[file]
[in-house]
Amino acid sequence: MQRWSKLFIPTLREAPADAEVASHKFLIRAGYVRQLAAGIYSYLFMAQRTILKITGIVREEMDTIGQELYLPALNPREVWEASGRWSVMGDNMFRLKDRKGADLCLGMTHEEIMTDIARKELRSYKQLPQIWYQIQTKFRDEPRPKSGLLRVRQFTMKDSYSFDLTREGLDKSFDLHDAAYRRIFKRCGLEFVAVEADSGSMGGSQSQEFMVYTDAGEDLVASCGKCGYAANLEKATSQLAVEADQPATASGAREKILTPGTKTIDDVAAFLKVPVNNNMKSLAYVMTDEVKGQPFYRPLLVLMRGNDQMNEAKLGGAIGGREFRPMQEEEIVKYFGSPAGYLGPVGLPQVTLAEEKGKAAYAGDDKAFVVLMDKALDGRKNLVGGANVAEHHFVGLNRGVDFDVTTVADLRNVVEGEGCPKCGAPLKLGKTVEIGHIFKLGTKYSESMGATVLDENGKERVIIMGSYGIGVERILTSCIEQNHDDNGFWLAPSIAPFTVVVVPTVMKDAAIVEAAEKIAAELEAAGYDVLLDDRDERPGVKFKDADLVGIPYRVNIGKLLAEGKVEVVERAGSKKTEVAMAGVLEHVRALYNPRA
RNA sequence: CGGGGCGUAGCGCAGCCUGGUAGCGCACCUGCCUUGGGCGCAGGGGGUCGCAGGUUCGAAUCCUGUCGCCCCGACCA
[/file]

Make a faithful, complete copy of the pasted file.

[in-house]
Amino acid sequence: MQRWSKLFIPTLREAPADAEVASHKFLIRAGYVRQLAAGIYSYLFMAQRTILKITGIVREEMDTIGQELYLPALNPREVWEASGRWSVMGDNMFRLKDRKGADLCLGMTHEEIMTDIARKELRSYKQLPQIWYQIQTKFRDEPRPKSGLLRVRQFTMKDSYSFDLTREGLDKSFDLHDAAYRRIFKRCGLEFVAVEADSGSMGGSQSQEFMVYTDAGEDLVASCGKCGYAANLEKATSQLAVEADQPATASGAREKILTPGTKTIDDVAAFLKVPVNNNMKSLAYVMTDEVKGQPFYRPLLVLMRGNDQMNEAKLGGAIGGREFRPMQEEEIVKYFGSPAGYLGPVGLPQVTLAEEKGKAAYAGDDKAFVVLMDKALDGRKNLVGGANVAEHHFVGLNRGVDFDVTTVADLRNVVEGEGCPKCGAPLKLGKTVEIGHIFKLGTKYSESMGATVLDENGKERVIIMGSYGIGVERILTSCIEQNHDDNGFWLAPSIAPFTVVVVPTVMKDAAIVEAAEKIAAELEAAGYDVLLDDRDERPGVKFKDADLVGIPYRVNIGKLLAEGKVEVVERAGSKKTEVAMAGVLEHVRALYNPRA
RNA sequence: CGGGGCGUAGCGCAGCCUGGUAGCGCACCUGCCUUGGGCGCAGGGGGUCGCAGGUUCGAAUCCUGUCGCCCCGACCA